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THE QUARTERLY JOURNAL OF NUCLEAR MEDICINE AND MOLECULAR IMAGING
Rivista di Medicina Nucleare e Imaging Molecolare
A Journal on Nuclear Medicine and Molecular Imaging
Affiliated to the and to the International Research Group of Immunoscintigraphy
Indexed/Abstracted in: Current Contents/Clinical Medicine, EMBASE, PubMed/MEDLINE, Science Citation Index (SciSearch), Scopus
Impact Factor 2,413
The Quarterly Journal of Nuclear Medicine and Molecular Imaging 2013 December;57(4):383-90
Can upright myocardial perfusion imaging be used alone with a solid-state dedicated cardiac camera?
Hain S. F. 1, 2, Van Gramberg D. 3, Bomanji J. B. 1, Kayani I. 1, Groves A. M. 1, Ben-Haim S. 4 ✉
1 Institute of Nuclear Medicine University College London Hospitals, NHS Trust, London, UK;
2 Department of Nuclear Medicine Royal North Shore Hospital, St Leonards, NSW, Australia;
3 Siemens Ltd. Healthcare Sector, Melbourne, Australia;
4 Department Nuclear Medicine, Chaim Sheba Medical Center, Tel Hashomer, Israel
Aim: The novel solid state dedicated cardiac cameras provide fast high resolution cardiac imaging. The D-SPECT camera enables semi-reclining (upright) positioning, increasing comfort and potentially reducing movement during myocardial perfusion imaging. Physicians are generally familiar with supine imaging and the different positioning in upright imaging could potentially cause diagnostic challenges. The aim of this study was to compare the upright and supine imaging for diagnostic ability to assess Physician confidence and determine any artefacts in upright imaging.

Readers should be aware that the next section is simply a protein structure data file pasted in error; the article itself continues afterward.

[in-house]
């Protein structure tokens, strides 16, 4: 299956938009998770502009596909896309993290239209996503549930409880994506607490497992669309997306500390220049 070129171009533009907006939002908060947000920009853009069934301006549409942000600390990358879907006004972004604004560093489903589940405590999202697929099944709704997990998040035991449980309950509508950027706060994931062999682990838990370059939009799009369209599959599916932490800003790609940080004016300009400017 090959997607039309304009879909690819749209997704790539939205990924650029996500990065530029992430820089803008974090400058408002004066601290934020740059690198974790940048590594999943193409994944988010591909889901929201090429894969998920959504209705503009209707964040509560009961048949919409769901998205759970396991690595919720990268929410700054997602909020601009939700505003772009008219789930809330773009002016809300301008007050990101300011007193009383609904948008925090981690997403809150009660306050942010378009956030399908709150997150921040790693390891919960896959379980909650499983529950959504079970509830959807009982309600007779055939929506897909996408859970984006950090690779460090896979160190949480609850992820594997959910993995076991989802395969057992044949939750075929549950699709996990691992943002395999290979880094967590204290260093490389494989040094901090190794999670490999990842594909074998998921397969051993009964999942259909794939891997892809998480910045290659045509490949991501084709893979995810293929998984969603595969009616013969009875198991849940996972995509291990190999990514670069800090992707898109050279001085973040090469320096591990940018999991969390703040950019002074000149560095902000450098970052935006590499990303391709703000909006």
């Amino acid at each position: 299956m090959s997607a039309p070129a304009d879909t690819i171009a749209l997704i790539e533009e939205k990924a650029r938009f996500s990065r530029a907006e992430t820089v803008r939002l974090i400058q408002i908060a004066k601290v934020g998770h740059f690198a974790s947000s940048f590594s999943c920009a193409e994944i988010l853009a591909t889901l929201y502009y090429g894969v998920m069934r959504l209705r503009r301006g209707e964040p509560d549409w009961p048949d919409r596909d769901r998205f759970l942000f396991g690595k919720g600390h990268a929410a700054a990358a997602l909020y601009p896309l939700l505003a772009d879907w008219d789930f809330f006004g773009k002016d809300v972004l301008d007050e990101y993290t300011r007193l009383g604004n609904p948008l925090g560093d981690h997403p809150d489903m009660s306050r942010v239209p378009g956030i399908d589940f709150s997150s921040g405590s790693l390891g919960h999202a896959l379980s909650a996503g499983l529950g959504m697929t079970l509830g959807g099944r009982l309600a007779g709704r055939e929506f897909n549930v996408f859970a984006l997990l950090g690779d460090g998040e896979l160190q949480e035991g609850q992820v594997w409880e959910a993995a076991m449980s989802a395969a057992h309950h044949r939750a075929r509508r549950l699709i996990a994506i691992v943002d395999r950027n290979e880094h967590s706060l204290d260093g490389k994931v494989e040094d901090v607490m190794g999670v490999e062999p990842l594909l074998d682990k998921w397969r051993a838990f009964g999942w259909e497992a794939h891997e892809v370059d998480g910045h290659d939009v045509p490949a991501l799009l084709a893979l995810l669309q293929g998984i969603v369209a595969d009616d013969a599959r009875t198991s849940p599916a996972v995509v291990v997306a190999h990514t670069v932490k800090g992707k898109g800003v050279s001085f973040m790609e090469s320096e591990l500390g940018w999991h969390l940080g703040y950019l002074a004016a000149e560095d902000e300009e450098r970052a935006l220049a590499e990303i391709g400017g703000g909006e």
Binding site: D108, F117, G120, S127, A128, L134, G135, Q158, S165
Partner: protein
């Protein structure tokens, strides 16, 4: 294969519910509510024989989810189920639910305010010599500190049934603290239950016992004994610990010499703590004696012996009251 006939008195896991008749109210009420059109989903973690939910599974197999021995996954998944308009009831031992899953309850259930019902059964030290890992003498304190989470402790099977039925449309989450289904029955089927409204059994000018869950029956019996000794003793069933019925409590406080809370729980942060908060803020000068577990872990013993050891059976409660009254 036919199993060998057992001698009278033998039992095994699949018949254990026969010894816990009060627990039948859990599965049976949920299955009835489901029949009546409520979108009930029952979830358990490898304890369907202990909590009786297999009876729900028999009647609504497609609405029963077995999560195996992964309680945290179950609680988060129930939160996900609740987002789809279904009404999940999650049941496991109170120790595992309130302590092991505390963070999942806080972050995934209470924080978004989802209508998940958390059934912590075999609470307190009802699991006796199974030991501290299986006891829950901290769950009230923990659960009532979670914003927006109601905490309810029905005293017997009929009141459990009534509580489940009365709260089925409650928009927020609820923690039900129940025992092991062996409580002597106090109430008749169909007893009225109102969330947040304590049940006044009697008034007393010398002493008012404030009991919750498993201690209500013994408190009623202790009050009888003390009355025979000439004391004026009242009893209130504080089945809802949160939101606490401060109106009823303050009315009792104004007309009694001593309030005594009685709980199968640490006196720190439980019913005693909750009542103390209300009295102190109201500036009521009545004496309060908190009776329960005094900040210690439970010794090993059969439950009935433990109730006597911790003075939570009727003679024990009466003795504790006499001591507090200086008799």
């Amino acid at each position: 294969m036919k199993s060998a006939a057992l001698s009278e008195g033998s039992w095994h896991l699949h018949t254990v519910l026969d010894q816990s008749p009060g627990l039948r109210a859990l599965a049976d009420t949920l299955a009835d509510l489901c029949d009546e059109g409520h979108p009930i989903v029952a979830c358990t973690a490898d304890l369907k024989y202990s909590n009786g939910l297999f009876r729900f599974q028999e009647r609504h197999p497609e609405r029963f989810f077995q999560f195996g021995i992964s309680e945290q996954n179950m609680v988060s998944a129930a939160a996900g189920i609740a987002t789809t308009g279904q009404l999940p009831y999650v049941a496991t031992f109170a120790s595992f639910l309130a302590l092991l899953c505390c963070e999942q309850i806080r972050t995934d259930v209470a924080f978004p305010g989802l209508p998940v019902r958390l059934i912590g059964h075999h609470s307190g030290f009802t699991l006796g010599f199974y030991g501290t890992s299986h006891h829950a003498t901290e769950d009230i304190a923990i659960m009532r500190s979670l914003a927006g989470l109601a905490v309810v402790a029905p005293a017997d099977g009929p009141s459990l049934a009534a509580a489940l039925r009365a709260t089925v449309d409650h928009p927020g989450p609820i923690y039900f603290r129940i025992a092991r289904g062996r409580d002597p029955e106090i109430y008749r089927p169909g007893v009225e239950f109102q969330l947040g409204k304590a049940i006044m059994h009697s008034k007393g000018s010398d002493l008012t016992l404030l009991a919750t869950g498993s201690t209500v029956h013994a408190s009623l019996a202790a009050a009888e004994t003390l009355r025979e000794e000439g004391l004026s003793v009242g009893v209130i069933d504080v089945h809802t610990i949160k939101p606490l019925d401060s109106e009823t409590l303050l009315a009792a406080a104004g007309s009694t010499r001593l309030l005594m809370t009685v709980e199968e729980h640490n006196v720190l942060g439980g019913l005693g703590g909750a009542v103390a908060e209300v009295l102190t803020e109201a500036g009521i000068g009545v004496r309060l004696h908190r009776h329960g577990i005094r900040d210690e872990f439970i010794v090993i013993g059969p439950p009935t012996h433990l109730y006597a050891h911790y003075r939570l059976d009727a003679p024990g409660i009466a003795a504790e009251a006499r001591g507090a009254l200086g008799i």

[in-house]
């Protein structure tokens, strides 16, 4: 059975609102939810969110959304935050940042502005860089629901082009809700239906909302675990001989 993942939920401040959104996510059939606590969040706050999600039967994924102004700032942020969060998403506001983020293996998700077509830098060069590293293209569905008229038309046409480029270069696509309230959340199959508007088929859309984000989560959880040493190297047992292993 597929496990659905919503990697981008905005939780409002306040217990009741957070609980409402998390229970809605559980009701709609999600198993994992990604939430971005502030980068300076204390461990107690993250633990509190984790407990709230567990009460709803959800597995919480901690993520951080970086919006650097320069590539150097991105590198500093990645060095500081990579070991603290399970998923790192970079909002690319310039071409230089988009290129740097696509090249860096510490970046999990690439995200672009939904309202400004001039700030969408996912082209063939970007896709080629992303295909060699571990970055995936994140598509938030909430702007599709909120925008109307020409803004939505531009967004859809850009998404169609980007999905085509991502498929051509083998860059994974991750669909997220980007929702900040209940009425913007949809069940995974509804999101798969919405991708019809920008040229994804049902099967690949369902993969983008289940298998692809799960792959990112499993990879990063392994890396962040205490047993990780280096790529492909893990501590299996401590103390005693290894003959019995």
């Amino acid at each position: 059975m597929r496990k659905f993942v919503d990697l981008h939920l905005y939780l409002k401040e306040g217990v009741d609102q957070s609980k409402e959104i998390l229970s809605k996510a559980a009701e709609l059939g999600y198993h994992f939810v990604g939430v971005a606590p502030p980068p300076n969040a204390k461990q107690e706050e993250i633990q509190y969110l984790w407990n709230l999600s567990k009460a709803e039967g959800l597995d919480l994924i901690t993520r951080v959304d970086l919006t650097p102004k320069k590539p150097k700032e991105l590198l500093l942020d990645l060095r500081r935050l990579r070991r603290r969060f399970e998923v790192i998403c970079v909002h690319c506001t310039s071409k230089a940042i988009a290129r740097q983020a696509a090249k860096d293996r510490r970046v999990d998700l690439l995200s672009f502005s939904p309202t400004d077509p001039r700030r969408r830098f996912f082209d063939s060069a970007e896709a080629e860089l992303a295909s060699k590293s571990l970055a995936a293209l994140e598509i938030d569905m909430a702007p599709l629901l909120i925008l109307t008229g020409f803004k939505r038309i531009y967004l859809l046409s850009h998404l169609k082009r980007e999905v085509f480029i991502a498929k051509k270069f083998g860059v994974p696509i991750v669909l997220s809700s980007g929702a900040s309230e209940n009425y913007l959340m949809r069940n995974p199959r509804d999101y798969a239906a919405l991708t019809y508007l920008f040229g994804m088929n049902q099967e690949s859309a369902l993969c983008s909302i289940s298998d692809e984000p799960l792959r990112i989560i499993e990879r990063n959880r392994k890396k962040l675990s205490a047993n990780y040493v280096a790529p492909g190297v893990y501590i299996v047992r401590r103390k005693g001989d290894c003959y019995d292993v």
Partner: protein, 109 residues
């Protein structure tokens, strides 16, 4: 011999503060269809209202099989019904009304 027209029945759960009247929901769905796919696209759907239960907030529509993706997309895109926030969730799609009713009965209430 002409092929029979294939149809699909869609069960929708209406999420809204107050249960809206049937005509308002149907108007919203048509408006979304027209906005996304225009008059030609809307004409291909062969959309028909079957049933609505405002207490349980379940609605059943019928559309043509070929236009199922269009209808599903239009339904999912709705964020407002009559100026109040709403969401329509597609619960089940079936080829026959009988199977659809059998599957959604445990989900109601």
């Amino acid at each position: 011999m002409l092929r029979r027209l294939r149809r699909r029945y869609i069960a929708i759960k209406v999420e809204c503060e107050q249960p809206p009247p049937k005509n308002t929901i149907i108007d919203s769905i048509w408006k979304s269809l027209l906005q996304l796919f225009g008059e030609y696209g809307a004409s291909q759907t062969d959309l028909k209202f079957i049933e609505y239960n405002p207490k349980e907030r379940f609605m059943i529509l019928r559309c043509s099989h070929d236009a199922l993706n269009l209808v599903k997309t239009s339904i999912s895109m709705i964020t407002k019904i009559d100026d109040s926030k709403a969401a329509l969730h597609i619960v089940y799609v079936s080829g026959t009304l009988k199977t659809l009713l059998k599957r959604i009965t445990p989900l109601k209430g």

Methods: Fifty-five patients underwent myocardial perfusion imaging on the D-SPECT camera in both upright and supine positions. Where both images showed the same defects the 2 techniques were regarded as equally diagnostic. Where only one set showed a defect this was regarded as artefact and was defined as non-diagnostic. The location and cause of the artefact was recorded.
Results: In 13 /55 patients either form of imaging was regarded as equally diagnostic. In 24/55 the supine images revealed artefact affecting interpretation. The reasons for this were most frequently large BMI, motion and gut uptake. In 18/55 upright images were considered non-diagnostic. In 16/18 this was due to an infero-apical defect seen in female patients (14/16) with raised BMI and/or large breasts.
Conclusion: Upright myocardial perfusion imaging on D-SPECT shows a common artefact (in up to 1/3 of cases) in the infero-apical region mainly in overweight female patients. Getting acquainted with this artefact this may increase Physician confidence in reporting, similarly as to conventional supine imaging. Indeed, some of the artefacts seen on supine imaging appear less commonly with upright imaging. Thus, upright imaging can potentially be used alone for diagnosis with D-SPECT. Performance of both supine and upright imaging can be reserved for overweight patients thereby minimizing impact on scanning time and clinical throughput in busy departments.